- List of Abbreviations
- Notes on Contributors
- Becoming a Philosopher in Seventeenth-Century Britain
- Francis Bacon
- Robert Boyle
- Isaac Newton
- The Reception of Cartesianism
- Observation and Mathematics
- The Status of Theory and Hypotheses
- Substance and Essence
- The Nature of Body
- The Theory of Material Qualities
- Theories of Generation and Form
- Soul and Body
- John Locke on the Understanding
- Probable Opinion
- Logic and Demonstrative Knowledge
- Will and Motivation
- Hedonism and Virtue
- Passions and Affections
- Natural Law and Natural Rights
- Women, Freedom, and Equality
- Thomas Hobbes’ <i>Leviathan</i>
- John Locke’s <i>Two Treatises of Government</i>
- The Origin and Development of Property: Conventionalism, Unilateralism, and Colonialism
Abstract and Keywords
This chapter examines the contribution of philosopher Isaac Newton to early modern British philosophy, whose work, it suggests, can be divided into several stages. These include his works on mathematics in the 1660s, experimental optics in the 1670s, natural philosophy and the publication of his Principia mathematica in the 1680s, and his friendship and philosophical exchanges with other philosophers, including John Locke, G.W. Leibniz, and Richard Bentley in the 1690s. The chapter also highlights the influence of Locke and Francis Bacon on the works of Newton.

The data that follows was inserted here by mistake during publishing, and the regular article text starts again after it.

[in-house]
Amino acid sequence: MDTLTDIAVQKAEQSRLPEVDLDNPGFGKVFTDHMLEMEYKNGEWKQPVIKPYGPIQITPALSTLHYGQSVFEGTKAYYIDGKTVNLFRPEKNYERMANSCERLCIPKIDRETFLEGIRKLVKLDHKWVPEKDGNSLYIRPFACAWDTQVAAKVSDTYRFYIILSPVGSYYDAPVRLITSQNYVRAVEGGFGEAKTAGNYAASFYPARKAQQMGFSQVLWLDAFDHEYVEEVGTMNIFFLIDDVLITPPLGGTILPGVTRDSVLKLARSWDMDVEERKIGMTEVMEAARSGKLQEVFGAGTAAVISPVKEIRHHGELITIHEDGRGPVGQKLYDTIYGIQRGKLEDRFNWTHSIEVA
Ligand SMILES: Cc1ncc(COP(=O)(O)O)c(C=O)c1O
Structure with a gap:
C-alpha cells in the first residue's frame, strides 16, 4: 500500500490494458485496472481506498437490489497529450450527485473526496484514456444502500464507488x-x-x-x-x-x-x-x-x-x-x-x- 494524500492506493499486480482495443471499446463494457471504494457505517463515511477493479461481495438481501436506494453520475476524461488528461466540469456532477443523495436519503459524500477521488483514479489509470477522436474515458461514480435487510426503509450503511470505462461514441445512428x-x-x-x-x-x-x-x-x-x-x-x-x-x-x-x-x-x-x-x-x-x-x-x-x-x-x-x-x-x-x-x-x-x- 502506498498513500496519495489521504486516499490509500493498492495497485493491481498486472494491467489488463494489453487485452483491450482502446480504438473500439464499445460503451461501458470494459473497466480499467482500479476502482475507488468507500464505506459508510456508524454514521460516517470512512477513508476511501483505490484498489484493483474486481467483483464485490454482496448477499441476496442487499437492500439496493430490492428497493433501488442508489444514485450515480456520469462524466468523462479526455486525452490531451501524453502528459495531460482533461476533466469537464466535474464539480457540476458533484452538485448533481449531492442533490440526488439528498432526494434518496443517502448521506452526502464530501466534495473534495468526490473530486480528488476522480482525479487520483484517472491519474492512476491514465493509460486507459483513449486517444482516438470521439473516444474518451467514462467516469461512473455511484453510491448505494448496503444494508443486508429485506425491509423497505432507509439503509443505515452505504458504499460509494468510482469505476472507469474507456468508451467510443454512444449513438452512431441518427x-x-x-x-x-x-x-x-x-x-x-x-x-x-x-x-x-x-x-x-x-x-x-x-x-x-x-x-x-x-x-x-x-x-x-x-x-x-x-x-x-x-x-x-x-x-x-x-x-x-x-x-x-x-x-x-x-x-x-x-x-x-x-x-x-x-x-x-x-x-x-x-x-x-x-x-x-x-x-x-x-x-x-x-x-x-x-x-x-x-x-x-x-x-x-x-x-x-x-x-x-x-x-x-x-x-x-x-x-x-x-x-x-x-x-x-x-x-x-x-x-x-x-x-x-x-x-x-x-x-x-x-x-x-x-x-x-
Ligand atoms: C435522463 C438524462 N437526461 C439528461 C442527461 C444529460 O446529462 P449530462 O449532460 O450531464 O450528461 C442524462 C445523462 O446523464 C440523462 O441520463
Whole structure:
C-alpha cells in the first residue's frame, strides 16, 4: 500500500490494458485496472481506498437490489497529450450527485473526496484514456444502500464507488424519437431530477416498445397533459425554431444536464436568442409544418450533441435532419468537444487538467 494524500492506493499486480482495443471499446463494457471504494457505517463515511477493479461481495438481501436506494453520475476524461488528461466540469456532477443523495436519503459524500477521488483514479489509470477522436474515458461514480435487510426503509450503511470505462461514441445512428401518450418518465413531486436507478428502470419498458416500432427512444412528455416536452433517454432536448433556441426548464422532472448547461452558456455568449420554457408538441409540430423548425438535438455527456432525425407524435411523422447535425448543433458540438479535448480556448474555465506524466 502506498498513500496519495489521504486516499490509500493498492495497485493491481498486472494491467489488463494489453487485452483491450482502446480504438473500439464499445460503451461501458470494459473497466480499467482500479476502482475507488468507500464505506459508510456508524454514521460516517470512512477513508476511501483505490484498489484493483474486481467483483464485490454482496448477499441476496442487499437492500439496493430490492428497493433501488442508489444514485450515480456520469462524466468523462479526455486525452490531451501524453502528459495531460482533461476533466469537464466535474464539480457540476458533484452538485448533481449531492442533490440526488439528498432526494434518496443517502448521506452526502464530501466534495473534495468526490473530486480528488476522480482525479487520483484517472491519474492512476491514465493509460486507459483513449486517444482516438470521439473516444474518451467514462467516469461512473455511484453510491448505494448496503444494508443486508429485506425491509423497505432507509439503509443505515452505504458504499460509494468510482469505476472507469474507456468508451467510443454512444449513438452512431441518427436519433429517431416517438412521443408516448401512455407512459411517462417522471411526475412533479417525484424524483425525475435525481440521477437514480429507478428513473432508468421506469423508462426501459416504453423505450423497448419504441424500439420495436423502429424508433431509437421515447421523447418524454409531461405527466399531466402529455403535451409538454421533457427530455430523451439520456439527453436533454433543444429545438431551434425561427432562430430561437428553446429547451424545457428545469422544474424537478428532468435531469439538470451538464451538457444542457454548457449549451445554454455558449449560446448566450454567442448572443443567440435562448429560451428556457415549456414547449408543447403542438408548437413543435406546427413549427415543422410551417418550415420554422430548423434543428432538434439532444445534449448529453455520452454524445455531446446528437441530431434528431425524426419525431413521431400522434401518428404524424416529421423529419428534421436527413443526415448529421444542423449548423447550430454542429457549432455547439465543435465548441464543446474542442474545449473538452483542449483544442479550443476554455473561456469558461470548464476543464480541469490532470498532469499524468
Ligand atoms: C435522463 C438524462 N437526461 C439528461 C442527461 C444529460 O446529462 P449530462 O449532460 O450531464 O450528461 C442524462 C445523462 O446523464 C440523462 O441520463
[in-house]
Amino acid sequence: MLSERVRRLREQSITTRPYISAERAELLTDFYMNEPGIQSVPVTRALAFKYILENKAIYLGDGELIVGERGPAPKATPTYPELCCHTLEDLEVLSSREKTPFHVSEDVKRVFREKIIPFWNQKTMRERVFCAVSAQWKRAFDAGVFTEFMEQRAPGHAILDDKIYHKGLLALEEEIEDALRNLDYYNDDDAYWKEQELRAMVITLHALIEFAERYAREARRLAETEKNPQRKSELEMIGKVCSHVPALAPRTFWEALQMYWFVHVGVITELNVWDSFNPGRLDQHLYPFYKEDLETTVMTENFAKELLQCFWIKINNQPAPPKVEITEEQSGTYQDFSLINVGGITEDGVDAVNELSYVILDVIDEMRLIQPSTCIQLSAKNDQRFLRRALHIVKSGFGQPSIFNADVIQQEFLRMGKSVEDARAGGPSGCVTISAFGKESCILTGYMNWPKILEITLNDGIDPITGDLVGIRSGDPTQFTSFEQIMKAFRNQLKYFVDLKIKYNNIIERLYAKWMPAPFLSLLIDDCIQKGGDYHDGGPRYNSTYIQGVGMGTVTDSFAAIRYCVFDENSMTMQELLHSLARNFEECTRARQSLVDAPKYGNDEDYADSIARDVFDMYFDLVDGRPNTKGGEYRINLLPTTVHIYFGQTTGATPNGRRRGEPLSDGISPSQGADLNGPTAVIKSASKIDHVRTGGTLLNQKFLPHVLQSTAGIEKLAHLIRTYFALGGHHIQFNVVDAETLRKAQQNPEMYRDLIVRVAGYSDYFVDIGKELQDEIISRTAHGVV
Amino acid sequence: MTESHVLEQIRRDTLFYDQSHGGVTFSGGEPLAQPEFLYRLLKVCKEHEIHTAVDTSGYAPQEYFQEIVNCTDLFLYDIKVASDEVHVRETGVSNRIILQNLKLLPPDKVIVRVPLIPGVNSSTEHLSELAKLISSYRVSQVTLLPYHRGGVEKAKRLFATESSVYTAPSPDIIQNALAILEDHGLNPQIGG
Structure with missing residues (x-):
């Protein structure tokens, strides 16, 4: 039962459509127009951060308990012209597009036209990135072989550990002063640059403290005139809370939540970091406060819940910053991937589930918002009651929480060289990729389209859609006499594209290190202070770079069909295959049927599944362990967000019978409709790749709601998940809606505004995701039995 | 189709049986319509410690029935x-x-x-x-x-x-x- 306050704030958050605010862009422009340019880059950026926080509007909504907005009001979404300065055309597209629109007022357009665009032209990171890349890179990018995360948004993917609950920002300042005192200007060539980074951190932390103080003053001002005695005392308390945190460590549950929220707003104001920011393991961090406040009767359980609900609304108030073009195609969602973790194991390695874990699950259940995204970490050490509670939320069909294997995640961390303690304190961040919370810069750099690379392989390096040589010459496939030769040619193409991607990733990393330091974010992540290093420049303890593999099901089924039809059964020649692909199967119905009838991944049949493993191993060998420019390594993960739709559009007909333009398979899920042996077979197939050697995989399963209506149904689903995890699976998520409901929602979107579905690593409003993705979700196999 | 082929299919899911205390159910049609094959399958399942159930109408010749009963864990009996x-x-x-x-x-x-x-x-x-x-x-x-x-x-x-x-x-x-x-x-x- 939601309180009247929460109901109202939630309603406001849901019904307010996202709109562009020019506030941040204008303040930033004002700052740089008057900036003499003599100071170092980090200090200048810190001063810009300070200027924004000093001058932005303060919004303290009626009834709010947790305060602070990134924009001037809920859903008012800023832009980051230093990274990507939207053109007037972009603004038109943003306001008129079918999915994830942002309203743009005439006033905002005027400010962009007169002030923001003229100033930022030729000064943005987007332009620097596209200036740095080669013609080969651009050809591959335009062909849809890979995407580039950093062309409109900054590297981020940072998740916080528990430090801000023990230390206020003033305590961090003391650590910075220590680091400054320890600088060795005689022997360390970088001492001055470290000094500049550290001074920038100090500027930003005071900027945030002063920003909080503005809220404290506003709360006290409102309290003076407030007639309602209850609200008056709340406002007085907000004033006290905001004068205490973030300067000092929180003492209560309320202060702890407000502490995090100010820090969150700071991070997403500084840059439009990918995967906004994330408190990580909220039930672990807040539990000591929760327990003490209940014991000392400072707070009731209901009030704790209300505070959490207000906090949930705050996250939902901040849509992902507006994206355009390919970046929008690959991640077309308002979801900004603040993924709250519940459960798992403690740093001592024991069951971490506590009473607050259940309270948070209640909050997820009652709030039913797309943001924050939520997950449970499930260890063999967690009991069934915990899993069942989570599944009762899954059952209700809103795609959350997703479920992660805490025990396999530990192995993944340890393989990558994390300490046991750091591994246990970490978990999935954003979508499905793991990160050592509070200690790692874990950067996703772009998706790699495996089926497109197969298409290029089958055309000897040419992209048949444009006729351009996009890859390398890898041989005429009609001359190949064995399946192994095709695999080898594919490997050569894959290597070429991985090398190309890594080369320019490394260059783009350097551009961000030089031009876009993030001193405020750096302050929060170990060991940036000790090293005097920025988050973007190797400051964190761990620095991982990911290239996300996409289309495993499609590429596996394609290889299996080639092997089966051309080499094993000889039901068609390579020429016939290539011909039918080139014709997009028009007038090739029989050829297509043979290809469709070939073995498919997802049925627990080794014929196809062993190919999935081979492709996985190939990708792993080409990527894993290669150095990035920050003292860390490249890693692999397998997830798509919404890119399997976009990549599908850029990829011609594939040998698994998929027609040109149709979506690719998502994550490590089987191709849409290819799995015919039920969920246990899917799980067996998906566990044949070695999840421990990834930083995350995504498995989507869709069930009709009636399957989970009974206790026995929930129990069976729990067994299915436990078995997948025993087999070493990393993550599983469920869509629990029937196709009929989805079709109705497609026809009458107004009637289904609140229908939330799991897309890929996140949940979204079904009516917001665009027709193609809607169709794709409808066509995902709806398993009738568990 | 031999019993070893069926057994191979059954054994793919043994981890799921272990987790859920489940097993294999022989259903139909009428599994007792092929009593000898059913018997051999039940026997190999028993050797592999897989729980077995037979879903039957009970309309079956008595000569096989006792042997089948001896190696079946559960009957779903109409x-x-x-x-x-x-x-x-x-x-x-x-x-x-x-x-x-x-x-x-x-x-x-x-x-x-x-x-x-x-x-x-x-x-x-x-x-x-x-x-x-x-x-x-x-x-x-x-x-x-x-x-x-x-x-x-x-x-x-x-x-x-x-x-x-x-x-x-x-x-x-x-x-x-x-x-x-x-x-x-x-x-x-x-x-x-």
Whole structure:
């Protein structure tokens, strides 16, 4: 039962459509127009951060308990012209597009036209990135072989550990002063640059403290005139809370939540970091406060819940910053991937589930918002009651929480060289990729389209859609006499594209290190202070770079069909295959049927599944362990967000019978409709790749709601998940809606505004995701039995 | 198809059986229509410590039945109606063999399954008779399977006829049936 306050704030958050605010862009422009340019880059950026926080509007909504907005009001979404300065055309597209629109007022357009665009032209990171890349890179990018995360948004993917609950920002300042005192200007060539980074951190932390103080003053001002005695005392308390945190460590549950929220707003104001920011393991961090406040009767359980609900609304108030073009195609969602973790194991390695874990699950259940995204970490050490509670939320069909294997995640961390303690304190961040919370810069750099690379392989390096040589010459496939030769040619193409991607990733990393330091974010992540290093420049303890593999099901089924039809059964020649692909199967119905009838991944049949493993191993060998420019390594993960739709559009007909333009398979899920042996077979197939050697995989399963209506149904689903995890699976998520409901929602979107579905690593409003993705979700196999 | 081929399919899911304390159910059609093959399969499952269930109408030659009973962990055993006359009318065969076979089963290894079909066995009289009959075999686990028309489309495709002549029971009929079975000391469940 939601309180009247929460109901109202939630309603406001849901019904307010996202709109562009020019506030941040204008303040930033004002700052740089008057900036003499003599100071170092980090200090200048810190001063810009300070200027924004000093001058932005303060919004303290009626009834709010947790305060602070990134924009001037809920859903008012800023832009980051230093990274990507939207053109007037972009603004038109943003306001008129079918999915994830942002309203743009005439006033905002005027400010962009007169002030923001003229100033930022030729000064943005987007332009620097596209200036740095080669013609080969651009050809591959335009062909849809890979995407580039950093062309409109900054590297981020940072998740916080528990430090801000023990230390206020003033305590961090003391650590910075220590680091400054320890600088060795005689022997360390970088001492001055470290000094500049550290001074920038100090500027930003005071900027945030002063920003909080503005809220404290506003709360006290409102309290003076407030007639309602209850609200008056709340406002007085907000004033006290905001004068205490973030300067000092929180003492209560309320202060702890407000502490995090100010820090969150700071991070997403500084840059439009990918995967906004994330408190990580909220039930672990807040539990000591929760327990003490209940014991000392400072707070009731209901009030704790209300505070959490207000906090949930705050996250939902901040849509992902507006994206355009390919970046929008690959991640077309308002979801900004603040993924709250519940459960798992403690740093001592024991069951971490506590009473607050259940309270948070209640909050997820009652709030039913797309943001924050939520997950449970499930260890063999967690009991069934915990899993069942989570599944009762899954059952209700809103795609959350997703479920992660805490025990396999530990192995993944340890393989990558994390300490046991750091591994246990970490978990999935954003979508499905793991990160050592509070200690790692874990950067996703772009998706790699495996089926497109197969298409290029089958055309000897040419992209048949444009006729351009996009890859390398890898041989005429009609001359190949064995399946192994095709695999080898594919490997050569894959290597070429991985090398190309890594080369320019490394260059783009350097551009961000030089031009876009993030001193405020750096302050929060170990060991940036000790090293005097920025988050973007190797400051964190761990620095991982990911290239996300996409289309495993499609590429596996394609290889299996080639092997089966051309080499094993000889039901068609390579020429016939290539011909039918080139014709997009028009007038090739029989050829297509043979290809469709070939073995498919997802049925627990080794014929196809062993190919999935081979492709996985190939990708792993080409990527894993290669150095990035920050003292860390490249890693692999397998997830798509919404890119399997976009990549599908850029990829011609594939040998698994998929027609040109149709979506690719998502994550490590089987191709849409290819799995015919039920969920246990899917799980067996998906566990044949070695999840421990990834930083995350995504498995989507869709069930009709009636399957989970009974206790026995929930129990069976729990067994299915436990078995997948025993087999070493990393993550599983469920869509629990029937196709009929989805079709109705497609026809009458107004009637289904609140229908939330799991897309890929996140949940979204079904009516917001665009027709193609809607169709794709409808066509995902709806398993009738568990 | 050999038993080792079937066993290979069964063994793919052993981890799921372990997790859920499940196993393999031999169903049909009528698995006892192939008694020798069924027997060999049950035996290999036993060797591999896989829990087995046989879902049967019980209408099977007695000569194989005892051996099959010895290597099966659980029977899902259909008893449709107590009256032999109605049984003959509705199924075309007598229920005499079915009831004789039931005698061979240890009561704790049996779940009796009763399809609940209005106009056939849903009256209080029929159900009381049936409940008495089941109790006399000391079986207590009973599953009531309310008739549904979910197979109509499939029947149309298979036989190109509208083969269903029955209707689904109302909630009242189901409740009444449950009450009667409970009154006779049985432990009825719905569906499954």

Andrew Janiak is the Creed C. Black Associate Professor of Philosophy at Duke University, where he directs the Graduate Program in History and Philosophy of Science, Technology, and Medicine. Before coming to Duke in 2002, he held a postdoctoral fellowship at the Dibner Institute at MIT, and received his PhD from Indiana University. He is the author of Newton as Philosopher (Cambridge University Press, 2008), the co-editor, with Eric Schliesser, of Interpreting Newton: Critical Essays (Cambridge University Press, 2012), and the editor of Newton: Philosophical Writings (Cambridge University Press, 2004).
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